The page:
Tonto National Monument: Archeology and spring wildflower trail

Apache Lake at Sunset, Arizona

 

Anyone in Arizona, who has not been there, will enjoy a day trip drive into the rugged terrain of the northeastern part of the Sonoran Desert to discover the ancient cliff dwellings known as the Tonto National Monument. Occupied during the 13th, 14th, and early 15th centuries, these ruins have been called the Tonto Cliff Dwellings for over 100 years. It is a splendid place to explore, hike and celebrate Arizona’s Archaeology and Heritage Awareness Month in March.

The Native American people who lived there farmed their crops in the Salt River Valley below, supplementing their diet by hunting and gathering native wildlife and plants. They were skilled craftsmen, producing some of the most decorative polychrome pottery and intricately woven textiles to be found in the Southwest. Many of these found objects are on display in the Visitor Center museum.

Roosevelt Lake and Salt River Valley from the Tonto Cliff Dwellings

 

Located in the Upper Sonoran ecosystem, primarily known for its tall saguaro cactus the monument displays other fascinating desert plants like cholla, prickly pear, yucca, agave, ocotillo, and an amazing variety of colorful wildflowers overlooking Roosevelt Lake. The river basin in the valley below is located between the desert-dwelling Hohokam to the south and ancestral Puebloan groups of the mountain areas to the north and east, suggesting the intermixing of these two cultural groups in the cliffs.

Bridge by Roosevelt Dam

The Roosevelt Dam project–built to provide consistent water to Phoenix–and the completion of the Apache Trail made the Tonto Cliff Dwellings a popular attraction in the 1900’s. As their popularity grew, so did the concern for their future survival. And on December 19, 1907, President Theodore Roosevelt signed Proclamation 787, creating Tonto National Monument. You’ll find excellent new roads either from the Beeline Highway or from Globe to make your trek into picturesque scenery.

If you go into the Arizona desert always take water, wear your walking shoes, and don’t forget your camera. Driving time from Phoenix or Scottsdale: 2 hours; from Tucson: 3 hours; from Flagstaff: 3 to 3 ½ hours. You will drive past Canyon Lake and Tortilla Flat if you come from the Beeline Hwy or Hwy 88 from Apache Junction.

If only visiting for 60-minutes:  Watch the video, visit the museum, and hike the 1/2-mile Lower Cliff Dwelling trail.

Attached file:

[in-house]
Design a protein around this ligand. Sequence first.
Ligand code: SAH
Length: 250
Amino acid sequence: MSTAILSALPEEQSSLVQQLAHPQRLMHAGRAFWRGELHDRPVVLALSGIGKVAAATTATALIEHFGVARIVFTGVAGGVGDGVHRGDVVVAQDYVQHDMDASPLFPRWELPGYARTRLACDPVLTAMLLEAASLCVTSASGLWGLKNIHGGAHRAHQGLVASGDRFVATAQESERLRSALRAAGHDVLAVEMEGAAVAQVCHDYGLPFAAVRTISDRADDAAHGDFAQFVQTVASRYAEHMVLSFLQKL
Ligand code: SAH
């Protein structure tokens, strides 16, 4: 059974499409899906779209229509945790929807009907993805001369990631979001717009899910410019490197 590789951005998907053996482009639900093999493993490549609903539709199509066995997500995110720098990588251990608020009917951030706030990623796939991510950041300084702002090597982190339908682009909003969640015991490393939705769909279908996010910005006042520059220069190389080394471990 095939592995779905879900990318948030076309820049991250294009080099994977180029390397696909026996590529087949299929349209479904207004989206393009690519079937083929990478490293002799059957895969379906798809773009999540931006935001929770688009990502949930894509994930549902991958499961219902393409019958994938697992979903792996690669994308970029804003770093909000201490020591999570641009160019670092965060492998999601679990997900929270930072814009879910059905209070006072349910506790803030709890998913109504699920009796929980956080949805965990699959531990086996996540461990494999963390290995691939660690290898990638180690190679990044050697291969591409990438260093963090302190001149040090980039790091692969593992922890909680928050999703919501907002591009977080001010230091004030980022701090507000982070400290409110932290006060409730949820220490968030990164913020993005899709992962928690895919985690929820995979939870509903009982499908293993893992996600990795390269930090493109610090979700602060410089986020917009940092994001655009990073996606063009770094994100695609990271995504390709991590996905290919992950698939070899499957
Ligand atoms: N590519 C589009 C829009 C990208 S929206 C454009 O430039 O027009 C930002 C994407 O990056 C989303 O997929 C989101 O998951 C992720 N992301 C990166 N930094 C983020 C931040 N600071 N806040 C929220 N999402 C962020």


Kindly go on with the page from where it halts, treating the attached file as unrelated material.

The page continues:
If you have more time — plan ahead:  See the Upper Cliff Dwelling trail too, open from November – April, and make a reservation for the 3-mile round trip hike.

From Phoenix, take State Highway 60 (Superstition Freeway) east to Globe/Miami (75 miles); turn left (northwest) on State Highway 188 and drive 25 miles to Tonto National Monument. In Globe you might stop to visit another archeological sight called Besh-Ba-Gowa; Salado Ruins in a Botanical garden, an Ethno-botanical garden, and what is said to be the largest collection of Salado pottery artifacts in the world.

An alternate, shorter route from Phoenix is State Highway 88, also known as the Apache Trail. The trail is 47 miles long, 22 of which is a gravel road. Allow at least 2 ½ hours to complete the drive. It is not recommended to take the Apache Trail if you are coming for the Upper Cliff Dwelling tour. But during the season you will have time to stop in Tortilla Flat, an entertaining waterhole near Canyon Lake, with live music from noon-4 daily and mouth-watering charcoal broiled burgers.

Many people make a loop drive from Phoenix to Tonto Basin via the Apache Trail and returning to the Valley via either US 60 or US 87 and make a complete day of it. That is how I found myself at the National Monument. What started as a photograph fieldtrip through golden California poppies near Globe—then onward to the Tonto National Monument, past the reservoir Lakes—Roosevelt, Apache, and Canyon Lake. Arriving back near the Superstition Mountains just in time for diner at the to Mining Camp Restaurant, nestled in the foothills—just 4 miles north of Apache Junction on Historic Apache Trail.

Article and photography copyright 2012 — Photos can be purchased at lindsaystravel.smugmug.com

Share

About Lindsay Godfree

I was born and raised in Colorado Springs but have also lived in Utah and Arizona. I am m inspired everyday by six beautiful daughters. Currently traveling the highways and byways. Writing as the National/International Cross Country Travel Writer for Examiner.com and other freelance articles. Currently working on my new web-site blog dial911heaven.com and hope to see you there!